As I explore various blogs on the internet, I find most of them to be of little interest, but occasionally run across one that seems to be seeking me out. You'll find links to the blogs I love in the sidebar of this page.
One of the more recent blogs I've found is the one written by Tullian Tchividjian, pastor of Coral Ridge Presbyterian Church in Florida. (By the way, I admire him for the simple reason it took him a lot more effort to learn to spell his name in kindergarten that it took me.)
Recently, he's been talking about who we are in Christ, and more specifically, what we have as opposed to what we have to seek out and find. Here's what he said a few days ago-
"I used to think Christian growth happened as we go out and get what we don’t have–if we’re going to grow we have to go out and get more patience, get more strength, get more joy, etc. But after reading the Bible more carefully I’ve learned that Christian growth does not happen by working hard to get something you don’t have; Christian growth happens by working hard to live in the reality of what you do have.
You could say that Christian growth does not happen first by behaving better, but believing better–believing in bigger, deeper, brighter ways what Christ has already secured for sinners. In other words, the hard work of sanctification that Paul talks about in Philippians 2:12 is a continuous, daily going back to the reality of your justification."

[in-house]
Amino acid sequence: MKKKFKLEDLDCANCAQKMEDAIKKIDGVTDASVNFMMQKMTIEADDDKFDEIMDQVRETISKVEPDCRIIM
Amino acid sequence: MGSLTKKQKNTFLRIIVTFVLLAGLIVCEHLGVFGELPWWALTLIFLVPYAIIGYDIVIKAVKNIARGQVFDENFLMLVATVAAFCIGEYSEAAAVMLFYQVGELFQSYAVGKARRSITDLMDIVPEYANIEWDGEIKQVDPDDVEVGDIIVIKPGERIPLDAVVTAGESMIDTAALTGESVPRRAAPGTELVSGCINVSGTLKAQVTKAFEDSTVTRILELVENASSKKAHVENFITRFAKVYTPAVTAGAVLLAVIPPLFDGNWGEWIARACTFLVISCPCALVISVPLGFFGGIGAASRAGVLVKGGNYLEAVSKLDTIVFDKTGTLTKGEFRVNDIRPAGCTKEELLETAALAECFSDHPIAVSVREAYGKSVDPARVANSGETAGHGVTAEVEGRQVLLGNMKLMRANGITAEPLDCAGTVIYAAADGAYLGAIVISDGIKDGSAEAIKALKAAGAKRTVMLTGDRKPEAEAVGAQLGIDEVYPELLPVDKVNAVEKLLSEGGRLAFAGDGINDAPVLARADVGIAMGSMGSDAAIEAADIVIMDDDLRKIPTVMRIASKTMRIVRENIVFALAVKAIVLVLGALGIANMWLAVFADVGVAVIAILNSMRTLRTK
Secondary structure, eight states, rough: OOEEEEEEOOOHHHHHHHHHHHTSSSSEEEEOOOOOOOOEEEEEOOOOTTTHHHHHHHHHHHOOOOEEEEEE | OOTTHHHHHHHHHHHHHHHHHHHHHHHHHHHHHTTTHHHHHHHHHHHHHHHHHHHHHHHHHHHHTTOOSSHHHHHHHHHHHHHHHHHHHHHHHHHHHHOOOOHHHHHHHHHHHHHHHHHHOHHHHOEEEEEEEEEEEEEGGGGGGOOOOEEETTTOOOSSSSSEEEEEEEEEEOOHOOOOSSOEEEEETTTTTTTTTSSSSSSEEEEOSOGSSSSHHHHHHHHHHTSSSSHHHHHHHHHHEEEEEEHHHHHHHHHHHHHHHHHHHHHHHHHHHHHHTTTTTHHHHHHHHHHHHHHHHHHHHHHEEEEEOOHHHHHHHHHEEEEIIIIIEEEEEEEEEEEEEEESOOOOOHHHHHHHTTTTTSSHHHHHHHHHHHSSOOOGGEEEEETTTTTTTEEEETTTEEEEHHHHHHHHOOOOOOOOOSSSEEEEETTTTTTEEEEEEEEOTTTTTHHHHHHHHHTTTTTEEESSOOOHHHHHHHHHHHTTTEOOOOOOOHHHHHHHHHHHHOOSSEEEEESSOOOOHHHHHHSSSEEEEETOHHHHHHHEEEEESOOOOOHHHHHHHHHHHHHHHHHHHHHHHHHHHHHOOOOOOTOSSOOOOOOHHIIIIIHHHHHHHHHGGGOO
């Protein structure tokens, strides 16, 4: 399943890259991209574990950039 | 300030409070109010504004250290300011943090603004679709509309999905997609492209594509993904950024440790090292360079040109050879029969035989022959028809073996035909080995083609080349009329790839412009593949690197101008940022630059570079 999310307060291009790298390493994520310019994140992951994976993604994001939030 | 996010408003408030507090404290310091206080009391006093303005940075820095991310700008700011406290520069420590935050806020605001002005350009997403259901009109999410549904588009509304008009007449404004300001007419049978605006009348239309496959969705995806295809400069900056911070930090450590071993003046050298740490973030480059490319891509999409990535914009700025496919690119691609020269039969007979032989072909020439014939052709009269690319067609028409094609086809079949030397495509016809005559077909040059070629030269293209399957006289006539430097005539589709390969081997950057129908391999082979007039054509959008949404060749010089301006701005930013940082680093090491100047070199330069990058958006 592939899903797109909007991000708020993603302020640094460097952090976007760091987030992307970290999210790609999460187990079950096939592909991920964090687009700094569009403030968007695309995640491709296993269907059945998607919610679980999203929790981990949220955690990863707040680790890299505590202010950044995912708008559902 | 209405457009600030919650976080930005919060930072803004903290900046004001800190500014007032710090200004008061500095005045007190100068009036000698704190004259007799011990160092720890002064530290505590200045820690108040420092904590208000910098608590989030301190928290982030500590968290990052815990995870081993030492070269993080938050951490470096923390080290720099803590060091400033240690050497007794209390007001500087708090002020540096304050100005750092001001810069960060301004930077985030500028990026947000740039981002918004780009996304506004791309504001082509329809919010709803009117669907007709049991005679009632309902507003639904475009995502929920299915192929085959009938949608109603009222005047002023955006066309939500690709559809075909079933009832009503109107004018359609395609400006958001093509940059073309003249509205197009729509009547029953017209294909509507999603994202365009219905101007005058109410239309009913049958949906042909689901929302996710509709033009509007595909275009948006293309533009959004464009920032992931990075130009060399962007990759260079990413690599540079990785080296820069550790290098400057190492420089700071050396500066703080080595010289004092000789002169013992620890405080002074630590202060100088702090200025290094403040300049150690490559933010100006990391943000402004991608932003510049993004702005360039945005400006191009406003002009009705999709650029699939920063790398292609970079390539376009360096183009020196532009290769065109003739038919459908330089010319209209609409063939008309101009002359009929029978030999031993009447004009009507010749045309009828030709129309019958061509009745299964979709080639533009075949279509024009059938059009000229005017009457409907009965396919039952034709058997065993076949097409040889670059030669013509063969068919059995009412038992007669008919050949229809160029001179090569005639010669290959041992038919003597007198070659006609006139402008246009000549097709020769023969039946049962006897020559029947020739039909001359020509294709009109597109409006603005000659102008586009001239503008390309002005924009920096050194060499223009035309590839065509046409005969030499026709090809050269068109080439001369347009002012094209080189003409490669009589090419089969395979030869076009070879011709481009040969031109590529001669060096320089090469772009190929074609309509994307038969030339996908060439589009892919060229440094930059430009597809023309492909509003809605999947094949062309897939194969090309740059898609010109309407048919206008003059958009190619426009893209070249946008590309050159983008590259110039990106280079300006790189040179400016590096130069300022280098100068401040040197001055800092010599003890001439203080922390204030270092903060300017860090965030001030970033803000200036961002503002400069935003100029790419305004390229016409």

That's a great look at what the Christian life is, and how we often fail to understand it, working hard to get what we don't have instead of working hard to live in what we do. Then, just today, he posted this tidbit about the gospel-
"The gospel isn’t simply a set of truths that non-Christians must believe in order to become saved. It’s a reality that Christians must daily embrace in order to experience being saved. The gospel not only saves us from the penalty of sin (justification), but it also saves us from the power of sin (sanctification) day after day. Or, as John Piper has said, “The cross is not only a past place of objective substitution; it is a present place of subjective execution.” Our daily sin requires God’s daily grace—the grace that comes to us through the finished work of Jesus Christ."
I've been saying that the gospel is for the church, not just the lost. Pastor Tullian says it a lot better than I have been (with a little help from John Piper, who's blog you'll also find listed in the sidebar). This quote will certainly turn up in my SS lesson in the next couple weeks.